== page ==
VHI chief steps aside as inquiry into his Beacon Hospital vaccination ordered

Claims hospital offered Covid-19 vaccine to health insurance figures with whom it did business

The Beacon Hospital came under severe Government criticism for vaccinating 20 teachers and staff at the private Co Wicklow school attended by the children of its chief executive. Photograph: Brenda Fitzsimons

The Beacon Hospital came under severe Government criticism for vaccinating 20 teachers and staff at the private Co Wicklow school attended by the children of its chief executive. Photograph: Brenda Fitzsimons

 

The chief executive of the VHI has stepped aside from his post at the State-backed health insurer after it ordered an investigation into his coronavirus vaccination at the Beacon Hospital.

John O’Dwyer’s abrupt move on Tuesday raises further questions for the Beacon as the privately-owned hospital faces new claims that it offered Covid-19 vaccines to other health insurance figures with whom it did business.

A senior industry source told The Irish Times that the Beacon was known to have approached certain staff at another health insurer saying they could avail of vaccinations at the hospital. “It was people they knew as part of a commercial relationship,” the source said.

The Beacon neither denied nor confirmed that such offers had been made. Asked directly about the source’s assertion, the hospital’s spokeswoman said “all matters related to the vaccination centre” at the Beacon will be considered in a review by Eugene McCague, the former head of Arthur Cox solicitors.

Criticism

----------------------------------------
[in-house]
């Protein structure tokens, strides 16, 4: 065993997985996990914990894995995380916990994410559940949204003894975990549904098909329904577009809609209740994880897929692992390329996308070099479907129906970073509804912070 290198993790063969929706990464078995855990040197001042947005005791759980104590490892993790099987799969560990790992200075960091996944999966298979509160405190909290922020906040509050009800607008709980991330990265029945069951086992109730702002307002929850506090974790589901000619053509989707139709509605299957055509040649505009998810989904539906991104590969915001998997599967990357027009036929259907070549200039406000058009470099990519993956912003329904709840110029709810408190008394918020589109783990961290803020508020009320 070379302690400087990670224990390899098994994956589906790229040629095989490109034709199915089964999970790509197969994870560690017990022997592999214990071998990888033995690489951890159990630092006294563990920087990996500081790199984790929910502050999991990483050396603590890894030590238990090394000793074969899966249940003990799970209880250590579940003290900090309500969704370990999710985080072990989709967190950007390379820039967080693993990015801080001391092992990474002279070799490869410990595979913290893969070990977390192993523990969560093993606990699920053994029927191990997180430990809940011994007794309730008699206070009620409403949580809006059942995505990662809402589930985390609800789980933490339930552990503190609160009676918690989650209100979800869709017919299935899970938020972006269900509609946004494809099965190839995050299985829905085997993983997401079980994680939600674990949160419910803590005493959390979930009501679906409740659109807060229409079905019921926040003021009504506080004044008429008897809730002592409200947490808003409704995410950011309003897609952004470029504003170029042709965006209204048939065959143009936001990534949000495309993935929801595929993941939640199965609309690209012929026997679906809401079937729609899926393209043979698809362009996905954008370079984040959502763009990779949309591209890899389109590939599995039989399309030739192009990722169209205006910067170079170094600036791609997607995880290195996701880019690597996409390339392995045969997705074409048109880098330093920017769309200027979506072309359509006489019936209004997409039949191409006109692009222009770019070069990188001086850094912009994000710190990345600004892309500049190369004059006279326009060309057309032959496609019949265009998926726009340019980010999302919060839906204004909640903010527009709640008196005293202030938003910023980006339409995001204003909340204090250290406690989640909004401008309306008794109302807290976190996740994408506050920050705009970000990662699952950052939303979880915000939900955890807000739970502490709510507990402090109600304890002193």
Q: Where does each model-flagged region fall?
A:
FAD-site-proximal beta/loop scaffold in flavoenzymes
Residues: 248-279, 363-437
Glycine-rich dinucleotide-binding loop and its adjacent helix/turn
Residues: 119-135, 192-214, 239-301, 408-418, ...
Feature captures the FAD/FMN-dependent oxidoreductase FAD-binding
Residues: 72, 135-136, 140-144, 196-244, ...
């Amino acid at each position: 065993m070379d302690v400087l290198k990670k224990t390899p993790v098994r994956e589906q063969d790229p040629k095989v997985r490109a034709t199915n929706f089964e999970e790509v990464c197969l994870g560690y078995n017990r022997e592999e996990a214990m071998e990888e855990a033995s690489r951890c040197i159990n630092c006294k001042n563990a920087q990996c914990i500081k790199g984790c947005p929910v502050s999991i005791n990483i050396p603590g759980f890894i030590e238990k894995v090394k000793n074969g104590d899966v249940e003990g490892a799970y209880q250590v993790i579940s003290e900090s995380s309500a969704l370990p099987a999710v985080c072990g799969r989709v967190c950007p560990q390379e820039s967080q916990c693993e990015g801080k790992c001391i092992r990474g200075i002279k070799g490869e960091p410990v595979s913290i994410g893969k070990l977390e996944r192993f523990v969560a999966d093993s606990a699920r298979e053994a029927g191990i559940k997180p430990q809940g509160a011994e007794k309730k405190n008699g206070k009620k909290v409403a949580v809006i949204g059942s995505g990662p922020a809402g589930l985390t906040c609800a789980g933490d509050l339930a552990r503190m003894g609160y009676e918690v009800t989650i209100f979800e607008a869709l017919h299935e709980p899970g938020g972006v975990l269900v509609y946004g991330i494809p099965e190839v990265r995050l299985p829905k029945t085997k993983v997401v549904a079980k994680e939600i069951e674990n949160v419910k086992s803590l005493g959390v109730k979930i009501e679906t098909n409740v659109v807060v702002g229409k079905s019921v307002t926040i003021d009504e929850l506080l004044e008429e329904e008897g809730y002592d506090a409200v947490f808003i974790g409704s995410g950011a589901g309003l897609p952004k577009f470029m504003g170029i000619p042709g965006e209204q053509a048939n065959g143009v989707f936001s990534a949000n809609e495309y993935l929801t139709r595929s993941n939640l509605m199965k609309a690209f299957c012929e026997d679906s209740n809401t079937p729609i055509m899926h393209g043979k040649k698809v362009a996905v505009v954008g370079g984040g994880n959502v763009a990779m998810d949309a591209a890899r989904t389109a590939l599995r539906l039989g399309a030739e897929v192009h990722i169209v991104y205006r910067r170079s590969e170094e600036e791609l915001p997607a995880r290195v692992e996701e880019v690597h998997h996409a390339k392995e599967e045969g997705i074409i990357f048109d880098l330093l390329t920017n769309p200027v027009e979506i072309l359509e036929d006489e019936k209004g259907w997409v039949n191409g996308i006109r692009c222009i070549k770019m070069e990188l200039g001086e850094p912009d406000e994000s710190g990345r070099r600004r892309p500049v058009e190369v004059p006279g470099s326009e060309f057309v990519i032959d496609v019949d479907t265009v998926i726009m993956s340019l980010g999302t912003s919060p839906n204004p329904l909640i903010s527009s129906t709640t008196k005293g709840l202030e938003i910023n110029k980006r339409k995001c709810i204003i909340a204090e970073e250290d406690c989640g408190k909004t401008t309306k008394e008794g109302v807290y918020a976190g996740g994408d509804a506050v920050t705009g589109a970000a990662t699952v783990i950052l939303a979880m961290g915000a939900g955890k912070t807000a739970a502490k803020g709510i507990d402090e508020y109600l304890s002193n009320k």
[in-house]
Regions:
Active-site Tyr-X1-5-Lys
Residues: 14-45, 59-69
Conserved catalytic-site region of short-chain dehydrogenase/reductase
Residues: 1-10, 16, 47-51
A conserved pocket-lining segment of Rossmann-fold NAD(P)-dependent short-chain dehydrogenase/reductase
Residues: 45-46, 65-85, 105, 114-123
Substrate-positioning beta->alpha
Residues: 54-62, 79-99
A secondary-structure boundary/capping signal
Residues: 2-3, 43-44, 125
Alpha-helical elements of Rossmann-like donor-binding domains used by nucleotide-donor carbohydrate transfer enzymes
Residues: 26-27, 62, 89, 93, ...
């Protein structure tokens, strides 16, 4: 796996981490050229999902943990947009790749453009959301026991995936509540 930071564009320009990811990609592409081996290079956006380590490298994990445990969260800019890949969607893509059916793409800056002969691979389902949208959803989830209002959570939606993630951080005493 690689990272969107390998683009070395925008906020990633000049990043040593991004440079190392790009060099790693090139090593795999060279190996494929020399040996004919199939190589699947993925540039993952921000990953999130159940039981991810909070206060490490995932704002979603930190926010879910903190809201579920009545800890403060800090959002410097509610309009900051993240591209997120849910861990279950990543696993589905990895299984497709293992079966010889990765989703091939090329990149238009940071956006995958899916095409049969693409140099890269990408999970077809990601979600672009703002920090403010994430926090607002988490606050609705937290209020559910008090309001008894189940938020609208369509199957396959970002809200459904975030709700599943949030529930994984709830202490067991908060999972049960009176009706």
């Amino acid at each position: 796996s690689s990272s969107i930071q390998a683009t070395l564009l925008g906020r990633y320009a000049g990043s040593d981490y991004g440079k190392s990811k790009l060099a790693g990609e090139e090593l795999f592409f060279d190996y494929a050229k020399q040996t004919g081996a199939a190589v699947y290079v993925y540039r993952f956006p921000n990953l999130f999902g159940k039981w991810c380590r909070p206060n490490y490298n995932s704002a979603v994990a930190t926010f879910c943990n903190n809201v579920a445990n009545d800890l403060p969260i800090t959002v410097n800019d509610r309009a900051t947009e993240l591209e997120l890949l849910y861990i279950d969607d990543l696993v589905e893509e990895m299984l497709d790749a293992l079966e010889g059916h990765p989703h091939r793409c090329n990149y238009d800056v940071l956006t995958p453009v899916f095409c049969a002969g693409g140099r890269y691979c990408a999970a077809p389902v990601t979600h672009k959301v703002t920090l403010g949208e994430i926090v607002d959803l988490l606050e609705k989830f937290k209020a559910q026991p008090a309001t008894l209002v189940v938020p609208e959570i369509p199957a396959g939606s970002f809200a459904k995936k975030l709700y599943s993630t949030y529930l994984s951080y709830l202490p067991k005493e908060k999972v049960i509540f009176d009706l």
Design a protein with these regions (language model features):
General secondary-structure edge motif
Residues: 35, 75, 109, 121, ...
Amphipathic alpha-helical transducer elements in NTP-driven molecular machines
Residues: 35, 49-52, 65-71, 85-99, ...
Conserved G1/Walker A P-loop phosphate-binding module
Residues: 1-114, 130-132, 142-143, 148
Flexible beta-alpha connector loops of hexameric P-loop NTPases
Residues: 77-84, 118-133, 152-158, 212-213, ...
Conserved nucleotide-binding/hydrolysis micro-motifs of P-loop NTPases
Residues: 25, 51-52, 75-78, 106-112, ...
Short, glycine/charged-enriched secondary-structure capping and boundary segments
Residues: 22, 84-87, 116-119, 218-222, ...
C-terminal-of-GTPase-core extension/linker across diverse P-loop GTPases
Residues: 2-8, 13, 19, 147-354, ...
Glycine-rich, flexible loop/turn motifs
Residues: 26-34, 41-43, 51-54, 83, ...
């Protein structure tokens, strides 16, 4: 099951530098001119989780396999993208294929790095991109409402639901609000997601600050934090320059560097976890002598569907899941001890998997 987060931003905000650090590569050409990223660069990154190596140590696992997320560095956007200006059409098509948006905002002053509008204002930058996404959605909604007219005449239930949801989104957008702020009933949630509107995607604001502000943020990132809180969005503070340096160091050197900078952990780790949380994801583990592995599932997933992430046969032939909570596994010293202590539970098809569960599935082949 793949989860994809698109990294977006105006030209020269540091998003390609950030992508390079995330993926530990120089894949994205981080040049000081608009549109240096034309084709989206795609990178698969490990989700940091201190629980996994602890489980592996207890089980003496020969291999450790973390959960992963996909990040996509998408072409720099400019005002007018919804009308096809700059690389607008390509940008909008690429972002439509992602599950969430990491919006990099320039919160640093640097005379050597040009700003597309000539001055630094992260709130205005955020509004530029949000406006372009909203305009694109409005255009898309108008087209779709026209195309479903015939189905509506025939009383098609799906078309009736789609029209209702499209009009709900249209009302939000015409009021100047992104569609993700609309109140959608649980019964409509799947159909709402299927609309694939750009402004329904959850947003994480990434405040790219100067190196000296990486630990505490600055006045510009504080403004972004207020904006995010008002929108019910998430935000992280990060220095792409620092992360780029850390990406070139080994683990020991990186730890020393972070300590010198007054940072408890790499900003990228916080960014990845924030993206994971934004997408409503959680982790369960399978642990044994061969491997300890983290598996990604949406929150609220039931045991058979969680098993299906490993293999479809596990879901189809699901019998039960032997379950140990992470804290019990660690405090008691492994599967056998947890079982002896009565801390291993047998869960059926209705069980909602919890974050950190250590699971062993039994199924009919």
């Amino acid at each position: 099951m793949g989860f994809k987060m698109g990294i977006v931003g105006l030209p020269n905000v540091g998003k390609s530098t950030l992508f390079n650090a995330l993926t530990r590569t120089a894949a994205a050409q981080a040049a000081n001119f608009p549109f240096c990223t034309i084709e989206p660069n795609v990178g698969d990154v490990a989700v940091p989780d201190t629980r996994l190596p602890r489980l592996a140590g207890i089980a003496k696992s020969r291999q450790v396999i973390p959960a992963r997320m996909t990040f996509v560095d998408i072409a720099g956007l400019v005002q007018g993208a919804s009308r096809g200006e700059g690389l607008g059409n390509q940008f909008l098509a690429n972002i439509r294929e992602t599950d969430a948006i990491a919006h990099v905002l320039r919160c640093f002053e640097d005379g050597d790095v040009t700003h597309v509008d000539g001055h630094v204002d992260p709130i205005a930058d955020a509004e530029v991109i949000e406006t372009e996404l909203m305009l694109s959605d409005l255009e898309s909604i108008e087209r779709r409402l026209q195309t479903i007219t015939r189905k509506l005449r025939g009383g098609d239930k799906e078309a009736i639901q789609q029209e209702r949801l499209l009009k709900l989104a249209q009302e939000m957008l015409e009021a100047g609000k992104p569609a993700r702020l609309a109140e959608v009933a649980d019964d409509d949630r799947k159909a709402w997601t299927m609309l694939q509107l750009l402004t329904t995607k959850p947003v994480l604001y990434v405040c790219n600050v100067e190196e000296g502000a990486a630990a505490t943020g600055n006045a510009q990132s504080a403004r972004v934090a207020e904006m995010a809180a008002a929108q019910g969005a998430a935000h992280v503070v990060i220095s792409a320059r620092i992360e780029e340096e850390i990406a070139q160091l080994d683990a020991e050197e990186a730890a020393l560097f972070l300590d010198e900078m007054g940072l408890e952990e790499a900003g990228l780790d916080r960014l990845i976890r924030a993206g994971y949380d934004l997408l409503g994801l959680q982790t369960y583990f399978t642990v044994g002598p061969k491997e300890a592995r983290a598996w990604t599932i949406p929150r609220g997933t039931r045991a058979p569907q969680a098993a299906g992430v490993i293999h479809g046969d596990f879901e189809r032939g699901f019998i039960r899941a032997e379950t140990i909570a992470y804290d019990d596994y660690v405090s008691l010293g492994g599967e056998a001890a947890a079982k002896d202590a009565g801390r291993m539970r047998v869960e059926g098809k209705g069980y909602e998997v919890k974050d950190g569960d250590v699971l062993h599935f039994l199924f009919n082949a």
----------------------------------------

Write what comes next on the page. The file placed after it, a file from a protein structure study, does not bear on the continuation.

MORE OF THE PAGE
The hospital, controlled by businessman Denis O’Brien, commissioned the review after it came under severe Government criticism for vaccinating 20 teachers and staff at the private Co Wicklow school attended by the children of its chief executive, Michael Cullen.

The VHI has contracts with all private hospitals in the State. The company’s board made it clear in a statement last evening that it did not know of Mr O’Dwyer’s vaccination at the Beacon until yesterday morning, when it was reported by the Irish Daily Mail.

Oesophageal cancer

The VHI board discussed the matter at a meeting yesterday and Minister for Health Stephen Donnelly spoke with Paul O’Flaherty, company chairman.

The statement said: “The board is aware, and with Mr O’Dwyer’s consent, can now disclose that he has been a patient of the Beacon Hospital and St James’s Hospital for oesophageal cancer. The board is commencing an investigation to establish the facts.”

Mr O’Dwyer offered to step aside while the investigation was ongoing and the board agreed. Declan Moran, a director of the company with responsibility for marketing and business development, was appointed acting chief executive.

‘No evidence’

The VHI board is required to comply with the Government’s code of practice for State bodies. The code states that “preferential treatment or benefits which might affect or appear to affect the ability of the donor or the recipient to make independent judgment on business transactions should be avoided”.

Taoiseach Micheál Martin told reporters he had “no evidence” that the misuse of vaccines “is more widespread than the Beacon”, adding that the hospital’s “behaviour” had angered the public. Asked about Mr O’Dwyer’s vaccination, Mr Martin said “my view on that is similar” and “everything has to be in accordance with the prioritisation set down”.

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